In order to meet this difficulty, we should be prepared, bearing in mind that the formation of the local committees depends upon the approval and agreement of the Statutory Committee—and that is a point which has been rather unfairly ignored, it being sometimes assumed that every small town council would form a local committee from among its own members of people uninterested in the work they would have to do, which seems to me hardly a reasonable proposition in view of the fact that the formation of the committees and the schemes which they have to prepare have to be approved by the Statutory Committee—we should be prepared to insert an Amendment in the Bill in some such words as these (I say nothing about the wording, but the sense, I think, will be clear and not difficult to understand), "In constituting the local committees regard should be had to the representation of societies or associations which have hitherto undertaken the duties prescribed by this Act." What I take it is important is not the representation of this or that society, however much one desires to recognise its merits and services. What is important is the presence on these bodies of the individuals who have done the work and are willing and competent to go on doing it. That surely must be the main consideration, and anything that can be done to secure that obviously ought to be done.

As we have said a hundred times, we have every desire to recognise the merits of the societies. The merits of the societies are the merits of the individuals, and if the individuals are continued that, I think, ought to meet every reasonable objection which can be taken to the Bill as it stands. And I should like to say that when I had the honour of receiving a deputation from the Soldiers' and Sailors' Families Association they most explicitly safeguarded themselves from its being supposed that there was any question of the amour proper of the society. What they felt concerned about was lest the actual individuals who really understood the work and had sympathy with those to be aided might be for one reason or another ousted from the possibility of continuing to employ those labours.

Then we come to a question which demands very close consideration, because the argument which was used on this point possesses a certain plausibility, as this particular argument almost always does—it is an argument which we have all used in our turn. It is this, "Why not stay and consider a little? What is the extraordinary hurry about this matter? Let us have a little time for deliberation." That is an argument which, as I say, in nine cases out of ten wears an appearance of plausibility. There is a kind of appeal to common sense about it which attracts everybody at first sight. I am bound to repeat that there are certain very definite objections to a postponement of this measure. The importance is great of setting in motion as soon as possible some part of the machinery which is included in the Bill. For example, until these pension committees are set up no supplementary pensions for disabled men can be paid at all. As we all know, there are a number of cases in which the ordinary pension rate has to be supplemented, and machinery for looking into those cases will not exist until these committees are formed.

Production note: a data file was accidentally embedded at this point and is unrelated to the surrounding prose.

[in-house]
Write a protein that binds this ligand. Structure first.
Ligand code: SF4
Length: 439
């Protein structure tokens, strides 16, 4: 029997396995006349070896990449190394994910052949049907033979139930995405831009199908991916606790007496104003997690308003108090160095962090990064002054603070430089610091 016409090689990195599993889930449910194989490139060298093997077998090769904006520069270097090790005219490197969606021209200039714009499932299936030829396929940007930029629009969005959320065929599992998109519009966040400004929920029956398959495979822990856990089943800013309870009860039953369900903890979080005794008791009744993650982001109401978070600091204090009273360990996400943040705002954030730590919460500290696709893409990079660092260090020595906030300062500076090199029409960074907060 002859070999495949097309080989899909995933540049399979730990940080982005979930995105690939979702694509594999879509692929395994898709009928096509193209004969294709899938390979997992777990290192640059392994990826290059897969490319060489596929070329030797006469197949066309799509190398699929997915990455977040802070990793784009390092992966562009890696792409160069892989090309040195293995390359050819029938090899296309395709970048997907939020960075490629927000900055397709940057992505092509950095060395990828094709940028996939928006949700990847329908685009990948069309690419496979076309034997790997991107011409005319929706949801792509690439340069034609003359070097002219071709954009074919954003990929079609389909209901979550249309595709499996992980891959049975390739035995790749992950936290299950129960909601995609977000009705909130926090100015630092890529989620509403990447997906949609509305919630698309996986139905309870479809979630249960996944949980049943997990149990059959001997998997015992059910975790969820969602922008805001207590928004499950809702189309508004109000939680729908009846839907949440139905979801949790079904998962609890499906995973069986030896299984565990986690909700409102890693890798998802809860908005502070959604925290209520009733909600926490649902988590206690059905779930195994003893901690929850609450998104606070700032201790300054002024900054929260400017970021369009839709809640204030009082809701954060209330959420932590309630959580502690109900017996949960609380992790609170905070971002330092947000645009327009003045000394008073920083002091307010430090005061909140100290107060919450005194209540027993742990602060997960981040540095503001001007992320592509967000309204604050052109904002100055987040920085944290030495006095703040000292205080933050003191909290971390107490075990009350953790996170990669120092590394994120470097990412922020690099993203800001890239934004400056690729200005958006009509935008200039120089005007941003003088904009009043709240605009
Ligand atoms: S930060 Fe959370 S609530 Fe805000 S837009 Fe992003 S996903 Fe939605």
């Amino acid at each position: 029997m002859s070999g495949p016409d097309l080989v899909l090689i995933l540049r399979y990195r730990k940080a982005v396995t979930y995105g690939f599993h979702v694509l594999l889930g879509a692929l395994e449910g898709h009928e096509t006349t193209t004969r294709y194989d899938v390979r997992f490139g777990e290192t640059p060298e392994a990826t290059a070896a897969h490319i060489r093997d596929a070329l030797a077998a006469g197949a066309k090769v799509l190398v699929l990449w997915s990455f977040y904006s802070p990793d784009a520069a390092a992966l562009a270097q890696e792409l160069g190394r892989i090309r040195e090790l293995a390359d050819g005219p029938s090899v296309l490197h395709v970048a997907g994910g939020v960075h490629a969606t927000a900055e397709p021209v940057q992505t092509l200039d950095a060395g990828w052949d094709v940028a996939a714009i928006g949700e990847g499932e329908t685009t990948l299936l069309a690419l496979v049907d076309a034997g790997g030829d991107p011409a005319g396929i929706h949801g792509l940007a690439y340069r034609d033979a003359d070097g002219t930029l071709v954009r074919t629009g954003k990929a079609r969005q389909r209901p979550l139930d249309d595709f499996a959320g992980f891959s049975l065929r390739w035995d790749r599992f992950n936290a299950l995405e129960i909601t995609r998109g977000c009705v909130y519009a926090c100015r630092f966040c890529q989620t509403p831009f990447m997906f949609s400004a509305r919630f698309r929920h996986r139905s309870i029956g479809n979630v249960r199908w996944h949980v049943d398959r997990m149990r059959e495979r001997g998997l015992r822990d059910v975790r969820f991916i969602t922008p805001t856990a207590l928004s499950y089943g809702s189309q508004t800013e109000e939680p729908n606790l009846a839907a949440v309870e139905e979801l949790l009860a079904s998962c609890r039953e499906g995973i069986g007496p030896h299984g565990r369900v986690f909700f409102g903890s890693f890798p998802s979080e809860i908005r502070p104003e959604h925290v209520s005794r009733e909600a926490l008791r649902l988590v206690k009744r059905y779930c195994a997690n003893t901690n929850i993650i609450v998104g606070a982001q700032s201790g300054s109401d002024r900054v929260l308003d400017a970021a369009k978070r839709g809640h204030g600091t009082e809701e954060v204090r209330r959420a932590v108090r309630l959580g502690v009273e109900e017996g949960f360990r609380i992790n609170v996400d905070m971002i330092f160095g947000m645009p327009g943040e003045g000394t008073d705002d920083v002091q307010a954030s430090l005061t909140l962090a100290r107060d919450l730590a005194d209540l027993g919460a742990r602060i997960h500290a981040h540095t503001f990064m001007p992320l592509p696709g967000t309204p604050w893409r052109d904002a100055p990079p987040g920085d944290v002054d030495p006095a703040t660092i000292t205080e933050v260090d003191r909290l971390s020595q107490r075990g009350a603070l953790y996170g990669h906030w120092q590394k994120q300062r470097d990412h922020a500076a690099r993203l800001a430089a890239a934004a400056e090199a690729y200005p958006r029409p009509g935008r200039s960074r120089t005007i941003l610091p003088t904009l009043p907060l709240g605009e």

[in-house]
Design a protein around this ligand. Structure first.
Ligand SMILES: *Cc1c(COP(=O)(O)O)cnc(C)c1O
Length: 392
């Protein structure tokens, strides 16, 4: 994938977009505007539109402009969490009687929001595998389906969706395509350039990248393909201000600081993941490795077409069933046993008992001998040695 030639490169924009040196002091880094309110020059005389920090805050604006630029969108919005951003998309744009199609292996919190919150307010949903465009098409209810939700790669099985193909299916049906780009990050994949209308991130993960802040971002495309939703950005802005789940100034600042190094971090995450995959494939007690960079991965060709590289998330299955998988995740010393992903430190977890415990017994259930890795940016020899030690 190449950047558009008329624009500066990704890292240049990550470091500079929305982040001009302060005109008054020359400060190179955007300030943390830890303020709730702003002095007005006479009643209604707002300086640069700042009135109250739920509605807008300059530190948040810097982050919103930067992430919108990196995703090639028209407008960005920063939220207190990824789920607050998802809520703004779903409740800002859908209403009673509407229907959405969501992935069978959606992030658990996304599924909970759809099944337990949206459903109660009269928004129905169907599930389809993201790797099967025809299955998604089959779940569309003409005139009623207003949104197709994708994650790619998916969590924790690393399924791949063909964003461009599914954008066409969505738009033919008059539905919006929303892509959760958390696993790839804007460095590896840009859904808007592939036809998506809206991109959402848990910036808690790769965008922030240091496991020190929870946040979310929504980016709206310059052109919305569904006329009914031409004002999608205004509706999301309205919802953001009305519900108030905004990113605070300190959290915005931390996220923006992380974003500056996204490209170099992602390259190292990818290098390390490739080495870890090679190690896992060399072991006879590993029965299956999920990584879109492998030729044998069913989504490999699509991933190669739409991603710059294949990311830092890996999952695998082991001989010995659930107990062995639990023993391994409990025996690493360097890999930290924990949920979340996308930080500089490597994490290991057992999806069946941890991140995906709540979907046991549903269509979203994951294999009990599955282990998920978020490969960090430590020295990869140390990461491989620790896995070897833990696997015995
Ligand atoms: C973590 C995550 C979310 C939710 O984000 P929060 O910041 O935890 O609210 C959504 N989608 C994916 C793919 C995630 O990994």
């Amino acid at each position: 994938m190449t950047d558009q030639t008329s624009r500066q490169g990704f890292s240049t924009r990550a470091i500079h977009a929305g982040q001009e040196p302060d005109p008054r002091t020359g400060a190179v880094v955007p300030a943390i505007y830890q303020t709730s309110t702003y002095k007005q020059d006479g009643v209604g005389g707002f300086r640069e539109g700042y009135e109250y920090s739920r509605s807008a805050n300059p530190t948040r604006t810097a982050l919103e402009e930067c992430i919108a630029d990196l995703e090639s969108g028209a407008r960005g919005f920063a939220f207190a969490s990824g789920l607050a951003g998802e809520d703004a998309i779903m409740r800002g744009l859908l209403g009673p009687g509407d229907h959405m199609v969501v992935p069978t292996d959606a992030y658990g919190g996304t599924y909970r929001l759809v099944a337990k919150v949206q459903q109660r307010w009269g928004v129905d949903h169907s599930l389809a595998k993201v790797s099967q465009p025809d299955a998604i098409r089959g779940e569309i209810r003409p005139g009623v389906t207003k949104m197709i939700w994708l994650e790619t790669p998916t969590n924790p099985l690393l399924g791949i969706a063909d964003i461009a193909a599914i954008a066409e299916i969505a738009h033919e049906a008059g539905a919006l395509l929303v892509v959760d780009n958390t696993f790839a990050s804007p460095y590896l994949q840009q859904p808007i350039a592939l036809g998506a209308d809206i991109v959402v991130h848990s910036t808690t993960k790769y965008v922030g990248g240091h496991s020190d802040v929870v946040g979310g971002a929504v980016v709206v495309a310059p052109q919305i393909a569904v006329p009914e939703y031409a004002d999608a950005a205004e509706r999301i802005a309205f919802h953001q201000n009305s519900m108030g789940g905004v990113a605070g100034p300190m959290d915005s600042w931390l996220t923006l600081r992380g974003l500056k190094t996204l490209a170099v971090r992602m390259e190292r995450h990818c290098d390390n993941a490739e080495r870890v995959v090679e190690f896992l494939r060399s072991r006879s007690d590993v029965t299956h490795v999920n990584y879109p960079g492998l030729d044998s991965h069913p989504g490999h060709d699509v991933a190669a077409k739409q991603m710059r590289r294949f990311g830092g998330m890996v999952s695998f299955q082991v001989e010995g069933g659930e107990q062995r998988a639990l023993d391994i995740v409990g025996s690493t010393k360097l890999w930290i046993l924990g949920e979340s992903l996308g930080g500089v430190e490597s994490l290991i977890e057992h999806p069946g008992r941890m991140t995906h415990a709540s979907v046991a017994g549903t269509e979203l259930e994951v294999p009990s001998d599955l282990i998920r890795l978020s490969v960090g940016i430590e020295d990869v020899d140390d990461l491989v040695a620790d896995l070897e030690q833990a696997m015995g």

It may be said—and this is an argument which it is important to deal with, because it may be used in connection with every one of these cases—Why not go on as you have been doing? The answer to that is, and it applies not only to this subject but to all the others, that you cannot go on as you have been doing. The War Office and the Admiralty respectively are not capable of promptly looking into and dealing with the particular cases with which this Bill is framed to deal. That is the meaning of setting up these local committees. The War Office and the Admiralty both quite frankly admit that they are not able to undertake the work of managing entirely by themselves even that part of the subject covered by the Bill which is admittedly a public matter and for which the money has to come from public funds. Then, again, there is the case of widows and children. The pension rate there varies and will continue to vary according to the needs and the previous earnings or status of the soldier in respect of whom the pension has to be paid. A great many soldiers, as we know, are to be found in the ranks who have been earning considerable salaries as clerks or in some smell capacity. In those cases it is felt that the flat pension rate is not sufficient to keep the widow and children going in at all the circumstances of life in which they have been living. Those cases have to be looked into and specially judged. Again there is no machinery for undertaking that until these local committees have been setup.